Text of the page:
Why Do We Celebrate Juneteenth?

Diverse Voices: A Juneteenth Celebration 2023

Washington Revels and the Glen Echo Park Partnership for Arts and Culture are co-presenting a weeklong festival commemorating this Juneteenth holiday. The festival runs from June 17 to 25 and features live events every day!

Learn more about Diverse Voices

Juneteenth is a significant holiday celebrated in the United States on June 19th each year. It commemorates the emancipation of enslaved African Americans and the end of slavery in the United States. With its roots in Texas, where news of the Emancipation Proclamation finally reached enslaved people in 1865, Juneteenth has evolved into a nationwide celebration of freedom and African American heritage.

What is Juneteenth?

Juneteenth, also known as Freedom Day, marks the day on June 19, 1865, when Union General Gordon Granger issued General Order No. 3 in Galveston, Texas, freeing over 250,000 enslaved people. Although President Abraham Lincoln issued the Emancipation Proclamation over two years earlier, it was unenforceable in the Confederate States where the Union military presence was scant. Juneteenth now represents the moment when enslaved individuals in Texas learned of their freedom, and acts as a representative freedom date for the whole country.

What does the Juneteenth flag mean?

First designed by Ben Haith in 1997, the Juneteenth flag was refined by Lisa Jeanne Graf and revised in 2000 to its current official version. The flag features a central white star representing Texas, the freeing of Galveston’s enslaved people, and the freedom of African Americans in all 50 states. The star is surrounded by a nova-like burst representing a new beginning and the curve extending through the middle represents a horizon and the promise of new opportunities. Designed in the American flag’s signature red, white, and blue, the Juneteenth flag colors signify that all people freed in Texas were Americans. A second flag often used to commemorate Juneteenth is the tri-color Pan-African flag. Created in 1920 by members of the Universal Negro Improvement Association, its red stripe stands for the blood shed for liberation, the black stripe stands for the people affirmed by the flag, and the green stripe represents the growth and fertility of Africa. Both flags (pictured below) are considered symbols of pride and freedom for Black people.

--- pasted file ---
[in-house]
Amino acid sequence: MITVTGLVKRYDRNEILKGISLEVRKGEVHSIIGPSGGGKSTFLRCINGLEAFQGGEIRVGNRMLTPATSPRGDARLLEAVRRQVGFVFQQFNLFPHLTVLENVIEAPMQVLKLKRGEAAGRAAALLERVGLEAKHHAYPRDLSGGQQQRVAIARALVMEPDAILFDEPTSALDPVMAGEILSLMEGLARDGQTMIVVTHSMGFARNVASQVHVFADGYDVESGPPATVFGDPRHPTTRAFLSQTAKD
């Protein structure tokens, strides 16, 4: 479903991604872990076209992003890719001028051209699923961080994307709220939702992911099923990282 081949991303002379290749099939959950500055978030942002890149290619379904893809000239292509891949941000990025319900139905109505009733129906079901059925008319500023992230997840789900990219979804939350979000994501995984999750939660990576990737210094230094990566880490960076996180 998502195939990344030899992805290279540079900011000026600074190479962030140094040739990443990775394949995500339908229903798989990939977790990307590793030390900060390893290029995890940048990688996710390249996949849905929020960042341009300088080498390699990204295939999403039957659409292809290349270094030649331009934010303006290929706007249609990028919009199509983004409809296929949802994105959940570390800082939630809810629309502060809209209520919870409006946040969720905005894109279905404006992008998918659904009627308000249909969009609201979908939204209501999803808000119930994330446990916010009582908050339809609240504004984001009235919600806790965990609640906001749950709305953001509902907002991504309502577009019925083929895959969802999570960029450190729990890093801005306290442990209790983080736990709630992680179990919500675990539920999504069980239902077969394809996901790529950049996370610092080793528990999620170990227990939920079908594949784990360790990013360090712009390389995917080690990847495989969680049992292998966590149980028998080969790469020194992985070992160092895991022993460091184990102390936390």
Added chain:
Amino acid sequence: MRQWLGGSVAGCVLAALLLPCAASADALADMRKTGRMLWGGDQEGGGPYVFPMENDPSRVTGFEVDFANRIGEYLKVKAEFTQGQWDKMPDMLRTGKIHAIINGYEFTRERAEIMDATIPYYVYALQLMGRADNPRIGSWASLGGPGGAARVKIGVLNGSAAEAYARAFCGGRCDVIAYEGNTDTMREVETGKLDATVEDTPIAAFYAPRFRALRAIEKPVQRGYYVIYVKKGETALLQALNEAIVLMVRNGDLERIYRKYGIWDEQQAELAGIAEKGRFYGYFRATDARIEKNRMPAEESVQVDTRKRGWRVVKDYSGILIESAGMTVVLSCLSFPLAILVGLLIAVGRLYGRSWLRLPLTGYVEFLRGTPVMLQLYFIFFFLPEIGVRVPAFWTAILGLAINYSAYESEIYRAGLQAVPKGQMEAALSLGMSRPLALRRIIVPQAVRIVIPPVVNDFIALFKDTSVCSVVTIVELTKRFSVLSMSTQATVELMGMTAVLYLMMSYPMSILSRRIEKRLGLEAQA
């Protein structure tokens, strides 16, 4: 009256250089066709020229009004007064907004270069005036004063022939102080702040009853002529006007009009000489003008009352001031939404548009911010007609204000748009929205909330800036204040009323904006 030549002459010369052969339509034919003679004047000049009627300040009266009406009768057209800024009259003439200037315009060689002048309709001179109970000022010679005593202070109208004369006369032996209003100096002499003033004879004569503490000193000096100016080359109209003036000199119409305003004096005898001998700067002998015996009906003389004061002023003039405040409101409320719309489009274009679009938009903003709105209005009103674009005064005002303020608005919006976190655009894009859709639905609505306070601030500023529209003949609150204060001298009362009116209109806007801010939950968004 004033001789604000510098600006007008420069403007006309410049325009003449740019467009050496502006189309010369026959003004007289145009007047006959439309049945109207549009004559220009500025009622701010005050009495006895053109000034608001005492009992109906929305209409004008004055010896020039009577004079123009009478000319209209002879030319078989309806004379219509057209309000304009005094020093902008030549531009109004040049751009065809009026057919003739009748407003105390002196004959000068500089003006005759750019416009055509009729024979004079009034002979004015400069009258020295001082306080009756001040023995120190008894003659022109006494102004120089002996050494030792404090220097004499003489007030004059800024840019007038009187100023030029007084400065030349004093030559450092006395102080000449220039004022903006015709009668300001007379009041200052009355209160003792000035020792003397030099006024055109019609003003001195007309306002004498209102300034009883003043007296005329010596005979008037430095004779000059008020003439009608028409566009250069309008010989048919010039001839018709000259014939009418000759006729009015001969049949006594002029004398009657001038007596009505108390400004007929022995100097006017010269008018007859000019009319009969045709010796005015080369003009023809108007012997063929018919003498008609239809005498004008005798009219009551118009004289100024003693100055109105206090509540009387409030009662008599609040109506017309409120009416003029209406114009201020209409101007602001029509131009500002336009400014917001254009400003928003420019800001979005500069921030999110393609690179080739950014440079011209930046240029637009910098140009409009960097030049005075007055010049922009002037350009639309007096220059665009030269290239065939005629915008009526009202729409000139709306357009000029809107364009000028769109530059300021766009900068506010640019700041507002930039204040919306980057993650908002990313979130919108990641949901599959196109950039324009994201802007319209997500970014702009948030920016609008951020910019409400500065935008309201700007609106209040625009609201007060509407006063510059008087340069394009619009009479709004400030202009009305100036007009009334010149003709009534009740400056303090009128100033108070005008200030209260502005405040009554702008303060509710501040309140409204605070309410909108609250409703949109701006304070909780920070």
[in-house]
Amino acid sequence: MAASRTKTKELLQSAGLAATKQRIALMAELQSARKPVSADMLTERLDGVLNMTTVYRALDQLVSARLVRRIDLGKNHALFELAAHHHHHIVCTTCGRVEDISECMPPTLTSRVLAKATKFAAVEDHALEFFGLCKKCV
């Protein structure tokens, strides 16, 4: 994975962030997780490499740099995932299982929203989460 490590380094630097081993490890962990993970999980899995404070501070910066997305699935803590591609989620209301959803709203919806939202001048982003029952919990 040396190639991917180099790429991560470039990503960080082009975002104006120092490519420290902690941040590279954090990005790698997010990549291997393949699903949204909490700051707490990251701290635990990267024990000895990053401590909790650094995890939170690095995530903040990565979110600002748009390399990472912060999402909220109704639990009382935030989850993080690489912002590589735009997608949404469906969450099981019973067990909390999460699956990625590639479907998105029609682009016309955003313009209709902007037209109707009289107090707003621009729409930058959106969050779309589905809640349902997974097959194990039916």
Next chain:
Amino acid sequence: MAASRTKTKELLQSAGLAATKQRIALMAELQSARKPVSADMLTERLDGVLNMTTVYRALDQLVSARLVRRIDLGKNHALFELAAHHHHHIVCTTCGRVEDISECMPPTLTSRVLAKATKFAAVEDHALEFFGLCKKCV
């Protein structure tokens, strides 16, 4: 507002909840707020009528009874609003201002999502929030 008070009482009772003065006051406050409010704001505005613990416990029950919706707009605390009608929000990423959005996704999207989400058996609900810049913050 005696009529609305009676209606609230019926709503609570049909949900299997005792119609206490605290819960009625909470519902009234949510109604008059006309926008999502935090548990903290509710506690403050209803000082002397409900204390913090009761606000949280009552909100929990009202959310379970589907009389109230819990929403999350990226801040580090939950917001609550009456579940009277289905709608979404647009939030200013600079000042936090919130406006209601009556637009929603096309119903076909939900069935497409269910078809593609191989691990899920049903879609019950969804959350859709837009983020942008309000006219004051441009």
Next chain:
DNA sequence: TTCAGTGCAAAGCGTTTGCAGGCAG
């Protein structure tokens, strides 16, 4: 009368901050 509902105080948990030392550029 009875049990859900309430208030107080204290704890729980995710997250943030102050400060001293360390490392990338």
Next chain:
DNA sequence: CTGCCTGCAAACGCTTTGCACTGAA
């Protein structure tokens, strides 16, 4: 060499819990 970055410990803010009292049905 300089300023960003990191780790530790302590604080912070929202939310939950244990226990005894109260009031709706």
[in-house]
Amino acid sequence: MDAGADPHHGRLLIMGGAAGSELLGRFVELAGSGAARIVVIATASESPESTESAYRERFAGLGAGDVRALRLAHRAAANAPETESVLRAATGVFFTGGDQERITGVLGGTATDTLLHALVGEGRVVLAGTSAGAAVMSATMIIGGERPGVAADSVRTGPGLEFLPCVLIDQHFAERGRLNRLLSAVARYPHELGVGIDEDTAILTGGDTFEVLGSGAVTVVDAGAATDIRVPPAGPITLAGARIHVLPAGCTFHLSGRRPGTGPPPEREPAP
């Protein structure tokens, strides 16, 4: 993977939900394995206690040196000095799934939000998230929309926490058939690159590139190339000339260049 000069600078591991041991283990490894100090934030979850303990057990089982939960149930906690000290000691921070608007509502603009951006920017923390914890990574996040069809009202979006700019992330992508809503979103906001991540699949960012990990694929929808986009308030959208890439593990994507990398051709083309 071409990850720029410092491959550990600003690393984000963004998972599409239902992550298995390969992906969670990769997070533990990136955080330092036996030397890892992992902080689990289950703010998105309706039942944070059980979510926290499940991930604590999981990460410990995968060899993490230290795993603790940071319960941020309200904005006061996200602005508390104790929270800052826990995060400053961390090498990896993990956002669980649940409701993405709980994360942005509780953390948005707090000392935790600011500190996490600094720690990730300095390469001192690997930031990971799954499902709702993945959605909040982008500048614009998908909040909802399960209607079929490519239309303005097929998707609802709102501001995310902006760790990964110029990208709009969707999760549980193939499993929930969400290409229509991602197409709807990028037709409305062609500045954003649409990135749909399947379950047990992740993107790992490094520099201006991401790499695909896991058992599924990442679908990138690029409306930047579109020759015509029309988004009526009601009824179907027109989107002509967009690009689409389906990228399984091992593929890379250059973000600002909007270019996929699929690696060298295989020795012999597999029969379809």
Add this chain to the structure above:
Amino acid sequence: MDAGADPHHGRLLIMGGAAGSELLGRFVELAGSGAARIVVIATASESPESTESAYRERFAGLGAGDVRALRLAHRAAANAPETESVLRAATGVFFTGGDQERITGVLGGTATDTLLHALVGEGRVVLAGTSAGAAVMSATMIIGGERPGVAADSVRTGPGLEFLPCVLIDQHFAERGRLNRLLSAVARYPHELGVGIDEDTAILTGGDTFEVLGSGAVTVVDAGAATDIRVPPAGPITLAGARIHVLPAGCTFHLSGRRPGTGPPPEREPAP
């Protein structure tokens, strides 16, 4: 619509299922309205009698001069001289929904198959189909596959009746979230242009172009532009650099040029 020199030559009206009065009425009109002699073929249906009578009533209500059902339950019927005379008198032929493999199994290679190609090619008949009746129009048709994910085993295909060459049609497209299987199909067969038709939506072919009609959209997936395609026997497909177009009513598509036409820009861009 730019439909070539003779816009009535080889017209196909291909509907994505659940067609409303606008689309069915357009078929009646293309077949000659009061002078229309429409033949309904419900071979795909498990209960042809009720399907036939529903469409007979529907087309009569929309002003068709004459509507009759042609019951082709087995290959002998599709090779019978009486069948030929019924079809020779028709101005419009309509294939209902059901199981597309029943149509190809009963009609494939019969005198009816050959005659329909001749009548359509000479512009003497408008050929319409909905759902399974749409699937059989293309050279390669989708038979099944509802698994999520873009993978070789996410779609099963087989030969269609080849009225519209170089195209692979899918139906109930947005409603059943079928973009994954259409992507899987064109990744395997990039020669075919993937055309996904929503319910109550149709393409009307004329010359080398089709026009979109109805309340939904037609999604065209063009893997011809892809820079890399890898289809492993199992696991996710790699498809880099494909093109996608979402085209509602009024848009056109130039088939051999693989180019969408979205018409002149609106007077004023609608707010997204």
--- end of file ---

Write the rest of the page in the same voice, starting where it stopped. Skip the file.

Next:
Juneteenth falgs

Is Juneteenth only for African Americans?

Juneteenth commemorates a milestone in American history, one of the many pivotal events that shaped our country, with a legacy that affects our lives to the present day. The holiday serves as an opportunity for education, reflection, unity, and promoting understanding and inclusivity. Diverse Voices: A Juneteenth Celebration will present a variety of programs showing how the span of history from abolition to the Civil Rights Movement has shaped national and local history, our communities and culture. On June 20, a virtual event, “Voices of History and Hope: The Past and Future of Juneteenth in Montgomery County,” brings together a panel of local community leaders to describe how they are preserving African American history in Montgomery County–and how the national recognition of Juneteenth has affected their work.

To join the DMV’s first regional Juneteenth festival, Diverse Voices: A Juneteenth Celebration, visit https://revelsdc.org/juneteenth/ for a full list of in-person and virtual events.
Co-presented by
Washington Revels: Celebrating 40 Years
Glen Echo Park Partnership for Arts and Culture
With program partners
Carpe Diem Arts
Montgomery History